Path 4/Cue14 could also call List127/Path3/Cue10 which starts some music, does a check on all the output channels, and when this is completed, turns off the music and then, in turn, calls the "clear everything" cue.
Now we can add a Cue16 which is the "initialization" cue to setup the output levels as well as EQs and delays.
Finally we will add a Path 5/Cue 4.50 which is a dummy cue which gives us a "goto" point to standby for Cue 5. Cue 5 will be a jump to Cue 9.99 to get us setup for the first show cue which is Cue10. Cue 6 will be a jump to List 127/Path10/Cue10 which is the cameras and recording announcement ...which as its last action zeros anything that it has used and then closes the path/list combination. Cue6.5 will be an F12(GO) jump to Cue9.99 Cue7 will be a jump to List 127/Path11/Cue10 which is the 'following this performance there will be…' announcement which finally zeros anything that it has used and then closes.
If I only do a GO (F12) at Cue 5 then I go directly to the top of the show. Otherwise there are a couple of options (perhaps more) that are used before most performances. In order to use the options, I must deliberately F10 (advance to next standby cue) my way into them. At each point cue there is the jump to cue 9.99 unless I deliberately work (F10) to get into another cue.
As you can see by these examples, each list and even each path can contain a Cue 10. It is important to label clearly but concisely.
List 100 - SnapShots or "Jump to points"
In order to get around when doing rehearsals, I use a list in which the paths are labeled as Cue numbers. Of course there are Cues inside the paths, which also have the Cue numbers. I take complete snapshots of the ins/outs and crosspoint values either just before the Cue or at the Cue number. When we are working sequences, rather than having to step through from the top of the Act or show, I can jump to the setup of the sequnces or another major act or scene point. If there are changes to the various values, take another series of snapshots and replace the ones that already exist. This really speeds up Cue-ing sessions and 'bits and pieces' sessions. I see that Charlie has provided a folder for snapshot Cues. I haven't spent time looking at that feature, yet. But that folder feature may do a snapshot quicker than list/path and Cues.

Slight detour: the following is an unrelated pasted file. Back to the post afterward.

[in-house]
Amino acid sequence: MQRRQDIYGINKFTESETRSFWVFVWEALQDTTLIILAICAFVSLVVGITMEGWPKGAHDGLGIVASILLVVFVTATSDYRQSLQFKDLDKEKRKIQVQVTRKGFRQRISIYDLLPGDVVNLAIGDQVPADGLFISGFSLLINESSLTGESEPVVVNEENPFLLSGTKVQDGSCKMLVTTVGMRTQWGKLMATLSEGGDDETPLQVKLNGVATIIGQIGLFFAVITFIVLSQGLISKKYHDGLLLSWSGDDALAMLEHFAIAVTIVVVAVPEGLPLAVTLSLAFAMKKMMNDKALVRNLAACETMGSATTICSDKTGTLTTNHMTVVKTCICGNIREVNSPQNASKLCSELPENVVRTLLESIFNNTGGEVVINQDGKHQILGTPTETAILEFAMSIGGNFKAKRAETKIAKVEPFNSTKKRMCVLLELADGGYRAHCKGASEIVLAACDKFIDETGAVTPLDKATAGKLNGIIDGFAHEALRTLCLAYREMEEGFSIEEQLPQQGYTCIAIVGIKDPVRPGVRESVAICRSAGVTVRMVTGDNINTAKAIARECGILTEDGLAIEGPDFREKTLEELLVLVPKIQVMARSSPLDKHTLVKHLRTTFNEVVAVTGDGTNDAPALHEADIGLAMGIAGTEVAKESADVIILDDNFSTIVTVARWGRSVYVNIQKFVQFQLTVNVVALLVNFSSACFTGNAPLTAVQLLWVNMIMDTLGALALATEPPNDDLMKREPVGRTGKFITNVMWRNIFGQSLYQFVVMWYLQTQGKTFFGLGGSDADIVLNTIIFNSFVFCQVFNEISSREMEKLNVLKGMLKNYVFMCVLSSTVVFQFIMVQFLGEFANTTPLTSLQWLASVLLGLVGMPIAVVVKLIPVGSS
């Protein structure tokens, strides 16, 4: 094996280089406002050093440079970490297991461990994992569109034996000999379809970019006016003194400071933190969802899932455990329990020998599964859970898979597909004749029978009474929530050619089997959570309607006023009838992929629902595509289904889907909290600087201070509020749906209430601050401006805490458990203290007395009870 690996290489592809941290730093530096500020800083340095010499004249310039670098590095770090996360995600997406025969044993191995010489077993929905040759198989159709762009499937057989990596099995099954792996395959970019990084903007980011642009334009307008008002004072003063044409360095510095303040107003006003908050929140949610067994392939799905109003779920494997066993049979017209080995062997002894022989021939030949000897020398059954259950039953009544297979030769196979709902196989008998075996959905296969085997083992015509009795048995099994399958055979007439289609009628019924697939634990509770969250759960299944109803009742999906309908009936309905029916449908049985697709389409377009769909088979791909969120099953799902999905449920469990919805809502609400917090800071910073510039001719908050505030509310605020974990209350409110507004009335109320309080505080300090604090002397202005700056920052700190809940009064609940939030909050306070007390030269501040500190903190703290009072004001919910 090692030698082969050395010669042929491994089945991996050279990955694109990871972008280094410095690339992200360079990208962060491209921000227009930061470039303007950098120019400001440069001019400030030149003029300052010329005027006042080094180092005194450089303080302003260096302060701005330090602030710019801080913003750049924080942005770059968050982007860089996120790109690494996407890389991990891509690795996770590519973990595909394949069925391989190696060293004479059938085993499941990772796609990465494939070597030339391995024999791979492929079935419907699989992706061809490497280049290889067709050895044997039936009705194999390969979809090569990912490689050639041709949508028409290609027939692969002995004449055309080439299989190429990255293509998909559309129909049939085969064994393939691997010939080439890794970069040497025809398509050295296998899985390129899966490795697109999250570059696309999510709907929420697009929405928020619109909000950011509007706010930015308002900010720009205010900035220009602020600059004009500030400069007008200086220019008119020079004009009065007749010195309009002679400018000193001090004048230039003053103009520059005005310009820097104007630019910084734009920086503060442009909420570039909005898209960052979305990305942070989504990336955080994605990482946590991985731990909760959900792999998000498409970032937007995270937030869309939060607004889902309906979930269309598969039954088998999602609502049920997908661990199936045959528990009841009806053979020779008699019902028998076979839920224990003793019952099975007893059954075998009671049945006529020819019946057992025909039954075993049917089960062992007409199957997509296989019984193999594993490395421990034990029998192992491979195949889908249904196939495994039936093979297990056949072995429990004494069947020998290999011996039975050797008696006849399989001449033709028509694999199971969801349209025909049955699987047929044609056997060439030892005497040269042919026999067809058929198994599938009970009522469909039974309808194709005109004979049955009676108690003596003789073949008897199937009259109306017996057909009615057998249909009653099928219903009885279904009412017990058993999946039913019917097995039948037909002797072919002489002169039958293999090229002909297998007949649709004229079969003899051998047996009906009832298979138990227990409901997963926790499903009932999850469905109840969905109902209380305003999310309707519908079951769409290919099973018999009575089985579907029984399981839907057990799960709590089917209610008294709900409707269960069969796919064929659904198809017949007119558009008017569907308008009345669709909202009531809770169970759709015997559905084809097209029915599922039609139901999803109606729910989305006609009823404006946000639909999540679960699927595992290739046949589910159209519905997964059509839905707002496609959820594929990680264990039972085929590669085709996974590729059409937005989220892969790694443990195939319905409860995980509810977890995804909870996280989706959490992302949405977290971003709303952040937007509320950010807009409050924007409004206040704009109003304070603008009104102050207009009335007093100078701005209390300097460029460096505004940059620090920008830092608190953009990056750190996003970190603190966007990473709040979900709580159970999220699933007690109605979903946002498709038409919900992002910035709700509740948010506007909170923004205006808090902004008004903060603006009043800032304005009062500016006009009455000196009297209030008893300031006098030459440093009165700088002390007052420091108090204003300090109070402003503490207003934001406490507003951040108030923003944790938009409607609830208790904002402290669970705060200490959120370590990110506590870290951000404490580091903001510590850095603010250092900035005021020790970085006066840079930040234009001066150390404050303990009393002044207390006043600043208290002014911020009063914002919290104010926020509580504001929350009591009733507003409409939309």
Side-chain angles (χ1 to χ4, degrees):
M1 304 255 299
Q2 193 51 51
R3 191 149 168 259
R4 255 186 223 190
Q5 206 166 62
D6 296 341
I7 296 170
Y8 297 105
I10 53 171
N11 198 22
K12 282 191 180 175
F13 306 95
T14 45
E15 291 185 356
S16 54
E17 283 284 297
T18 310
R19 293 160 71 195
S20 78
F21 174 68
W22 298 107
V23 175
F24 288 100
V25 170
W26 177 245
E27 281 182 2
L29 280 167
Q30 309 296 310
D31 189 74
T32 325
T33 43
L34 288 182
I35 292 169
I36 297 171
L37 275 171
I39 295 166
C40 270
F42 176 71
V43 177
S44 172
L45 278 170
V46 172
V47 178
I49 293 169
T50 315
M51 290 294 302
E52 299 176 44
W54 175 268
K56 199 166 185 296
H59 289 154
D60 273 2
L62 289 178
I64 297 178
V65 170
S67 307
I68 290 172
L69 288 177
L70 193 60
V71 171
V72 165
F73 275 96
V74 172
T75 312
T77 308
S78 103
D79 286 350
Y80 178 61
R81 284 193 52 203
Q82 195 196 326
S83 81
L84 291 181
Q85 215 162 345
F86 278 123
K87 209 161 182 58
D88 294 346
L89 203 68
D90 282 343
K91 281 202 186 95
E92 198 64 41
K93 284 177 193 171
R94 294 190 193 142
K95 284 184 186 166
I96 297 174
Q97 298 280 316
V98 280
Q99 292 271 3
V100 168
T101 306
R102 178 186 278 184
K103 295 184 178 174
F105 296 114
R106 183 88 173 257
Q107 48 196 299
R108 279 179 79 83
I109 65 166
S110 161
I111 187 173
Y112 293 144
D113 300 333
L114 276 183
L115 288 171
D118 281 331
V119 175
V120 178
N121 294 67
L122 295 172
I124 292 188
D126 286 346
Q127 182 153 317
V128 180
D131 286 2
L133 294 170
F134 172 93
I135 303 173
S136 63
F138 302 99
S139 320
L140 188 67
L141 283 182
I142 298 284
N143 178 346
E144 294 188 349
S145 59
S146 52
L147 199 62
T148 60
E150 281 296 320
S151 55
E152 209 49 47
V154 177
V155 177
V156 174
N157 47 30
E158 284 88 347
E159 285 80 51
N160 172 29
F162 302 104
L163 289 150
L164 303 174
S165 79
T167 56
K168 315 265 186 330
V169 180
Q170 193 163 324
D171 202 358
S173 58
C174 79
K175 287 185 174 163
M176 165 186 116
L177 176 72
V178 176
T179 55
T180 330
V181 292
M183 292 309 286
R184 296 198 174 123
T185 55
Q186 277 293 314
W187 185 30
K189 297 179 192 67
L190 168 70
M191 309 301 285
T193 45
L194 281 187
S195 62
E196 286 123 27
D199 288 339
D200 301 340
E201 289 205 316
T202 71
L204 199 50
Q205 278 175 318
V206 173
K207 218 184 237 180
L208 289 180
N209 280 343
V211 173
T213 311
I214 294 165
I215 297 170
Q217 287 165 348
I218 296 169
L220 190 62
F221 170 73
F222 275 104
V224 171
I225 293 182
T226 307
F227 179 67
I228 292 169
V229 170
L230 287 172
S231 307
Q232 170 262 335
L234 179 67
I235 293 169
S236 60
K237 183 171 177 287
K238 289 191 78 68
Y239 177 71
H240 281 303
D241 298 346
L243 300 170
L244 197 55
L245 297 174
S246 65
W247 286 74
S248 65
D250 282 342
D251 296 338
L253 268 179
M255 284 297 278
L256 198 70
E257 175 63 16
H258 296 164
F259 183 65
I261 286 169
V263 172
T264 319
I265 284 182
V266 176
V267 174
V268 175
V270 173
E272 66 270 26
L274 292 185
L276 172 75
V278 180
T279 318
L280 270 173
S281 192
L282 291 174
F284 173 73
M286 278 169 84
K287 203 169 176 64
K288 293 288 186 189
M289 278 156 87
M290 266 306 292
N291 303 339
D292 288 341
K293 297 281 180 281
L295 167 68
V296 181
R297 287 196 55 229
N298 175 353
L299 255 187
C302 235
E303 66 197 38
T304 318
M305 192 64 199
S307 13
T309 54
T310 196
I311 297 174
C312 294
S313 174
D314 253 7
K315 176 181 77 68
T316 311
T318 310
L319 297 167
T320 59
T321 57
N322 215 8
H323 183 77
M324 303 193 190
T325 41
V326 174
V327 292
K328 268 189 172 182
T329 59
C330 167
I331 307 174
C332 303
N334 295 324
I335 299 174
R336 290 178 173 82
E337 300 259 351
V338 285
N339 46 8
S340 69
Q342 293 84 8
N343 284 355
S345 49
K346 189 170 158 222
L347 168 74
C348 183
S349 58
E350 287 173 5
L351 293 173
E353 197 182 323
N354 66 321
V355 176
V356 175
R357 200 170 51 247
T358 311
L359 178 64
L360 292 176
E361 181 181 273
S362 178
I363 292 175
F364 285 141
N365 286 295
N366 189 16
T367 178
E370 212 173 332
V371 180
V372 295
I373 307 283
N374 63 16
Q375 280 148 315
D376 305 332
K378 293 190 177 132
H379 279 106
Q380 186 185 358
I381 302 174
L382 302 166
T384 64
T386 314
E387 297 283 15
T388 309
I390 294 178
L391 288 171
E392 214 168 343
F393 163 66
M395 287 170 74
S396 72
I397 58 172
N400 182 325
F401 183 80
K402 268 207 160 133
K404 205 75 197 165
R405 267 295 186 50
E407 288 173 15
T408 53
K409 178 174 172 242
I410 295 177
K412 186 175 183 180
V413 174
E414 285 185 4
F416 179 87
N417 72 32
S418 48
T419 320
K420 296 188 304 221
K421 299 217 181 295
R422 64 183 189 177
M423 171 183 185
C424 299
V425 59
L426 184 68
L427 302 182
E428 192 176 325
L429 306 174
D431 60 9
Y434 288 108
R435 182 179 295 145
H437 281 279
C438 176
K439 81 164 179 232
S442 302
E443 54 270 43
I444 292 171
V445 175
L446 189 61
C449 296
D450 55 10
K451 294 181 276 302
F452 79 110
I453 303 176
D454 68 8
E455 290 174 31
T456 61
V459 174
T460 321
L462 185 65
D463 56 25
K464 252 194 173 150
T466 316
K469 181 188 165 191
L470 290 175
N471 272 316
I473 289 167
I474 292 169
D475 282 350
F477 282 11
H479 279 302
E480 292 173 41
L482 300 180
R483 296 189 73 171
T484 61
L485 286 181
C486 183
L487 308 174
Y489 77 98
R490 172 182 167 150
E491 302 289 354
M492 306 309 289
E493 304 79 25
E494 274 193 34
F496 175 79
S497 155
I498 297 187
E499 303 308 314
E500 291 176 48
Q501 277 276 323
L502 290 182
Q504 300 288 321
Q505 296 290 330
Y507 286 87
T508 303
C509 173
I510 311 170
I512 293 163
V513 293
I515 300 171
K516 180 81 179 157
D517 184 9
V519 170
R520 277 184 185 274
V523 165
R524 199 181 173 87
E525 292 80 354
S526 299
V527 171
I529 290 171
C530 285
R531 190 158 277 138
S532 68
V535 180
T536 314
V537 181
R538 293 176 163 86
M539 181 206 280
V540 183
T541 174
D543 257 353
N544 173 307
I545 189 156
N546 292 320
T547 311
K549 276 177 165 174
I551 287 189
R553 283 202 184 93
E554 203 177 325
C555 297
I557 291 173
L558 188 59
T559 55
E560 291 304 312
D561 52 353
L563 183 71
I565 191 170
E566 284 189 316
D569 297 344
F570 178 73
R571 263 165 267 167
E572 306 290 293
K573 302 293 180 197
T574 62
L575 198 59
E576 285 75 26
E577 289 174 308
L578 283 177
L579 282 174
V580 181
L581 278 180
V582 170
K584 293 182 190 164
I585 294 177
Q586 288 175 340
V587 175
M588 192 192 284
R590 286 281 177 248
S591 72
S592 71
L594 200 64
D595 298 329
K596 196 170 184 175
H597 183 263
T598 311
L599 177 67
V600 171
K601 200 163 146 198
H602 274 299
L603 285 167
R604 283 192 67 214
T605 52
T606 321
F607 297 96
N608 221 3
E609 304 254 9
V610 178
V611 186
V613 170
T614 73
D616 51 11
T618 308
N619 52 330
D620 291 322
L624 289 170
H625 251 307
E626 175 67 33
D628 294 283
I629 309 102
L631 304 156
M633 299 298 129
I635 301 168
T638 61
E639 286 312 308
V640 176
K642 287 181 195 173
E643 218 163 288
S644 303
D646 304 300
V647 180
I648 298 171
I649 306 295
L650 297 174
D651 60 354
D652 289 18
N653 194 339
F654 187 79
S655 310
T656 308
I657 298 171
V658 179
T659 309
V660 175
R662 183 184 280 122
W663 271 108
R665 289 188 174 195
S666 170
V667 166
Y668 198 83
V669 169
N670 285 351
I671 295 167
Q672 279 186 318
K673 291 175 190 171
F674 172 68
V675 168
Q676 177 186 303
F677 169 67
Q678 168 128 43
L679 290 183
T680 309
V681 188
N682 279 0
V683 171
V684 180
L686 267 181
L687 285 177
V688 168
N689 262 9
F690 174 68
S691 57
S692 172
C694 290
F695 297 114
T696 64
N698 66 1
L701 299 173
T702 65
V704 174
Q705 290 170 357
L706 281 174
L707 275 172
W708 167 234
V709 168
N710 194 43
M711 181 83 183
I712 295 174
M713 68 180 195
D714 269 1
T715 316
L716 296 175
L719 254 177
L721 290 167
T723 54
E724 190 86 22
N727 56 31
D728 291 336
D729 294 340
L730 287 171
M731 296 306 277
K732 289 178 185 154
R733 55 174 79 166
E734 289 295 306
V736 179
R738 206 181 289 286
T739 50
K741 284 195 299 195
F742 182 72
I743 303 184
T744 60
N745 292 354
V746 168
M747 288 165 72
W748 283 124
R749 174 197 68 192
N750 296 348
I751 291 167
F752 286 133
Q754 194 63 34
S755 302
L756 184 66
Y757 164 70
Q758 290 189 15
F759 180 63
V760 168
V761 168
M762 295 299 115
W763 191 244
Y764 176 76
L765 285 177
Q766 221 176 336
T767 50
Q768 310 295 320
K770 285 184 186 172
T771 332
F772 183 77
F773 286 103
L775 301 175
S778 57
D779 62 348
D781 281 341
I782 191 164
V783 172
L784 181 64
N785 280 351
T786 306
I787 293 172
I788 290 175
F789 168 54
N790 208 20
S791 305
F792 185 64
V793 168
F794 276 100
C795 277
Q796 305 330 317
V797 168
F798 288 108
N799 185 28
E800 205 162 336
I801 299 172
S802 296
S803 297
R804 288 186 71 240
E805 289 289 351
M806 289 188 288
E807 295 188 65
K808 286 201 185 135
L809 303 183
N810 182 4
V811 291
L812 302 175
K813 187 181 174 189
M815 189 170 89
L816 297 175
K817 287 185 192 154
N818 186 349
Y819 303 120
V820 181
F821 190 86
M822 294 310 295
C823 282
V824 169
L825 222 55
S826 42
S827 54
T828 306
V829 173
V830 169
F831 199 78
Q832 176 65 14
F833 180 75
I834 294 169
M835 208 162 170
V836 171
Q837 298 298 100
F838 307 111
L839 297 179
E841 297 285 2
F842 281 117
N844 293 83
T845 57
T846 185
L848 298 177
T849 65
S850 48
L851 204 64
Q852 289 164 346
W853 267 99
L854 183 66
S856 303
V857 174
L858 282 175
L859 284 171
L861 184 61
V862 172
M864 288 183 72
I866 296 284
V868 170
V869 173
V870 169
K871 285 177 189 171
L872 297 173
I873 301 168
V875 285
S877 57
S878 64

c) Working with outboard gear
I take the 8 subgroups from the Series 5 and do a one-to-one patch to the 8 analogue inputs on the box. The minidisks, CDs, DATs, etc. that are into the Series 5 can be midi switched via the audio box.
I try to hold 2 to 4 outputs from the box for routing back to multi-splits for fanning the outputs into several channels on the Series 5. Then, using either the matrix, the aux busses or the direct outs, signal can be fed to the special speakers (the telephone, fireplace, grandfather clock). Again, the appropriate console channel(s) can be turned on/off with midi.
How do I find more information and FAQs about the AudioBox?
Richmond Sound Design has an extensive site at www.richmondsounddesign.com which has links to the AudioBox User Newsgroup.
Other questions or comments about this page can be sent via email to David Hudgins at email@example.com or to Lucas at firstname.lastname@example.org
"I think the AudioBox is a tremendous tool which is very powerful. I know I've never even begun to use the potential of this rig. Each show that I work on, I try to push farther - try new ways of using things. Its what makes being in the booth an enjoyable challenge.--- Regards, Lucas, Vancouver"